Paolo Sambrano next to text that says "Design User Friendly Apps."

How I Solved It: Design User-Friendly Apps


In this episode of “How I Solved It” on Salesforce+, #AwesomeAdmin Paolo Sambrano solves an inefficient service desk experience using App Builder and Flow. Learn how he approached building his solution and his tips for developing admin skills.

The problem

A long, long time ago, someone (ahem, maybe a less-experienced me) built a service desk solution that, while its heart was in the right place, was clunky to use on the day-to-day—and clunky is being generous. If someone wanted to create a case about a broken keyboard for our IT team, they had to log in to Salesforce, use the utility bar to connect to an experiences page where they had to reauthenticate, and then they were taken to another page where they needed to fill out a form. Exhausting. That was a lot of places and a lot of clicks, so people weren’t stoked about using it, to say the least—including me, and I may have built the thing! We needed a better service desk solution for our company to log cases; there were just too many clicks and steps involved in the process for it to be a long-term solution for our case management needs.

The solution

I knew I needed to build a streamlined, unified, easy-to-use service desk experience that people didn’t have waves of dread to use. My goal was to build a solution that enabled people to log an IT case in five clicks and without having to navigate through our entire Salesforce org. Being the #AwesomeAdmin I am, I knew I could find a way to use Flow and App Builder to figure this out.

How I Solved it

You can see the full solution in action by watching my episode, but while you’re here, I’ll share how I approached the problem using a few of my favorite skills from the Salesforce Admin Skills Kit: designer’s mindset, problem solving, and business analysis.

Designer’s mindset

In another life, I designed a card game. I taught myself game design principles and that was a do-it-yourself crash course in learning how systems and mechanics interact and collide with each other. Through that, I learned that it’s super important to stay focused on the user experience instead of what you think is a clever idea. The famed game creator Sid Meier says, “Games are a series of interesting decisions.” When I’m building solutions, I keep this in mind and look for ways to get users to make interesting decisions quickly—to get them to the good stuff as fast as possible using automation to eliminate repetitive actions and reduce clicks. I got obsessed with counting clicks. How many clicks did it take to get to the interesting decision? Could I combine this action, can this field auto-populate, saving the user another click? In building this solution, I thought a lot about how to meet users where they were at without trying to push them somewhere else. The users in this case didn’t spend much time in Salesforce, so I wanted to give them one place where they’d be served up all the information they needed.

Problem solving

The number one thing I think about when solving problems is to keep it simple! Sometimes the most complex problems can be solved with a very simple solution, which is better for your users and you, as an admin. When I was building this solution, I worked really closely with my stakeholders to make sure I could troubleshoot and resolve their issues in a timely manner. That built trust with them and helped them become invested in the solution. It’s also critical that you be proactive, monitoring Salesforce to find problems before they become a big deal. By paying attention, you can catch issues early and prevent major disruptions.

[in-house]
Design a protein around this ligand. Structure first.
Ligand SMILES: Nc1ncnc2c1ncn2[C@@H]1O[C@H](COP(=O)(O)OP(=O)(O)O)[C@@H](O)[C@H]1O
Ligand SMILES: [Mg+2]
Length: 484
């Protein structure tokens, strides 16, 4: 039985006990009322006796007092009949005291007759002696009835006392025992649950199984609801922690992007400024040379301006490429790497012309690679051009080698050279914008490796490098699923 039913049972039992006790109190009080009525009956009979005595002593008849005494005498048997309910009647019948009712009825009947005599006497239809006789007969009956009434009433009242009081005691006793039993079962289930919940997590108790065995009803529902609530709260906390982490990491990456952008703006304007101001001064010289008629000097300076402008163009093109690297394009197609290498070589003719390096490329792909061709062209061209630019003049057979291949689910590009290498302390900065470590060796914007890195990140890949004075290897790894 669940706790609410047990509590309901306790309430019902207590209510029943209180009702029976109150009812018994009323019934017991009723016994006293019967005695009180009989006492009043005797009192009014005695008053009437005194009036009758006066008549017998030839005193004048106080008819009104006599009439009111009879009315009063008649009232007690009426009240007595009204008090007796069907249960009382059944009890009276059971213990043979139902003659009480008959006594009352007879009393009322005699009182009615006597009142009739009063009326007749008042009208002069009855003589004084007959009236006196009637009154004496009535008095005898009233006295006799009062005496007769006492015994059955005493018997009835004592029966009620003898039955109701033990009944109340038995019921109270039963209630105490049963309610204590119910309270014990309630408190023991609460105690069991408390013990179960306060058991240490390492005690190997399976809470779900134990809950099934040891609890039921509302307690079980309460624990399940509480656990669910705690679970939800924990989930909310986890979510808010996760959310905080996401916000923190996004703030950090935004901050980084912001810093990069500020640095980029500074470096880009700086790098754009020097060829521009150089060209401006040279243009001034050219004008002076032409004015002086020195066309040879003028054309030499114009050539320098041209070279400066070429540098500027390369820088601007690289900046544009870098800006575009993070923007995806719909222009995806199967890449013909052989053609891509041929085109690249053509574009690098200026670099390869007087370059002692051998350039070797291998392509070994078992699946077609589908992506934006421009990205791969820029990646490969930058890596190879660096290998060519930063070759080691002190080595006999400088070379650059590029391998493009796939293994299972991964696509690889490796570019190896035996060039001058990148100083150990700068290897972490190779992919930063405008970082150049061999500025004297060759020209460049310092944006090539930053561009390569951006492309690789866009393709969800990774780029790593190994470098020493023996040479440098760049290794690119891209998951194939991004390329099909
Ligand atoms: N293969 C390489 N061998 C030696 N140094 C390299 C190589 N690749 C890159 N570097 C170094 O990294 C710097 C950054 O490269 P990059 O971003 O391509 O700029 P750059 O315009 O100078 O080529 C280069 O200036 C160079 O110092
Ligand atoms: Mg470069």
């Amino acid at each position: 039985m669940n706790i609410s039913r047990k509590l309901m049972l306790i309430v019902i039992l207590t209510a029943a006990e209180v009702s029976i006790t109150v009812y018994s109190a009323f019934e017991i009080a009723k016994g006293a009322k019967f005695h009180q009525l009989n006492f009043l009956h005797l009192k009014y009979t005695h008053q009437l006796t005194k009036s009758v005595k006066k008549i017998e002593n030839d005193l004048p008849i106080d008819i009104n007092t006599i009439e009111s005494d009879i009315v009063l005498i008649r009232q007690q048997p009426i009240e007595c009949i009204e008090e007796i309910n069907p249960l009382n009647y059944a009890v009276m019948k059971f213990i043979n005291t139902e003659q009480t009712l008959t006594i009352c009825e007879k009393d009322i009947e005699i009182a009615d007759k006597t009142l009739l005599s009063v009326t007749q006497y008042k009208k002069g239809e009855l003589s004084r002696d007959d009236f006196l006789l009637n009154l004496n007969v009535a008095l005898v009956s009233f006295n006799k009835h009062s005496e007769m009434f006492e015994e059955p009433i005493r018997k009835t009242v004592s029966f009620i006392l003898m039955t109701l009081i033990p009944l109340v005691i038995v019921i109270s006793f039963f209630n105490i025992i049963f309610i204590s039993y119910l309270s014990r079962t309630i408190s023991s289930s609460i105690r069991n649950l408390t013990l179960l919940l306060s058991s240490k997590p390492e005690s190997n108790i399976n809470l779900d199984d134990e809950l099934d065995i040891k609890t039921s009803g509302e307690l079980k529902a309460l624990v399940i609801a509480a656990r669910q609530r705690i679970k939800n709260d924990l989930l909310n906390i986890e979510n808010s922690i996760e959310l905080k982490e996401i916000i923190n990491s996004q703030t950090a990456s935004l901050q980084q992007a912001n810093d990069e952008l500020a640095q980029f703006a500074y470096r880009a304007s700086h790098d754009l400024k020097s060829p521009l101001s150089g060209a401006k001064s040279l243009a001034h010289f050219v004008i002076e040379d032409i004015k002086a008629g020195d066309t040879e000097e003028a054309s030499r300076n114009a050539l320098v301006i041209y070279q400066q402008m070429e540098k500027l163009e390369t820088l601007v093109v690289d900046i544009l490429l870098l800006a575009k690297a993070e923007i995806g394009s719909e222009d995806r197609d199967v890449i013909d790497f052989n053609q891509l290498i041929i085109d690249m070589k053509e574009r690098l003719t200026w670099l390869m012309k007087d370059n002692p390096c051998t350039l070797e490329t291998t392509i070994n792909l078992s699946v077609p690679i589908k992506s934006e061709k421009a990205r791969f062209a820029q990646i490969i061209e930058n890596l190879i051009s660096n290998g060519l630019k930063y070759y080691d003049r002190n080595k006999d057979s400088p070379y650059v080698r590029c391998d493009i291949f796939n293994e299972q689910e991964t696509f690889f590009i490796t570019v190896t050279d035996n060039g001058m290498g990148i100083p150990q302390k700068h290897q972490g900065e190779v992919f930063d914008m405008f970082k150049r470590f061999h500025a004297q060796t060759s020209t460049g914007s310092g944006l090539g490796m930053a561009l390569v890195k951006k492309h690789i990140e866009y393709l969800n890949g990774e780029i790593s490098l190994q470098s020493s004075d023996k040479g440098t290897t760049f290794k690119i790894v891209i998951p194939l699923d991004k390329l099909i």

Business analysis

You always have to think about building solutions within the context of the business. How does the business function? What are users trying to accomplish? Where do they do their work? In building this solution, I knew my audience didn’t do most of their work in Salesforce. That’s why with this redesign, I pulled in all the relevant, actionable items for someone who may not work in Salesforce regularly in one place so they could get in, get out, and then go about the rest of their day. Check out the status of their open cases? There’s a case list view that displays them. Log a new IT case? Look up vendor contracts? Screen flows! Have all of it! On one page! The Service Desk App homepage! Remember how I mentioned the original problem may have been built by me (spoiler: it was)? Yeah, well, that all goes to show that it’s really important to constantly review processes and make sure they’re working for the business. Make sure you’re regularly reevaluating processes and documenting everything. Also, remember to forgive your past self for building clunky solutions.

My top 3 #AwesomeAdmin designer’s mindset tips:

  1. Bring your own experience to the table.
  2. If you’re not failing, you’re not trying.
  3. Use these five (count them!) magic words with your stakeholders: “Walk me through your process.”

Want more?

Make sure you check out my episode and the rest of “How I Solved It” on Salesforce+!

Check out these great resources:

Brittanee Charles in a Trailblazer hoodie next to text that says, "Automate Processes with Flow."

How I Solved It: Automate Processes with Flow

In this episode of “How I Solved It” on Salesforce+, #AwesomeAdmin Brittanee Charles solves a disconnected sales process using custom objects, Flow, and App Builder. Learn how she approached building her solution and her tips for developing admin skills. The problem We had two different sales processes in our organization: land sales and home sales. […]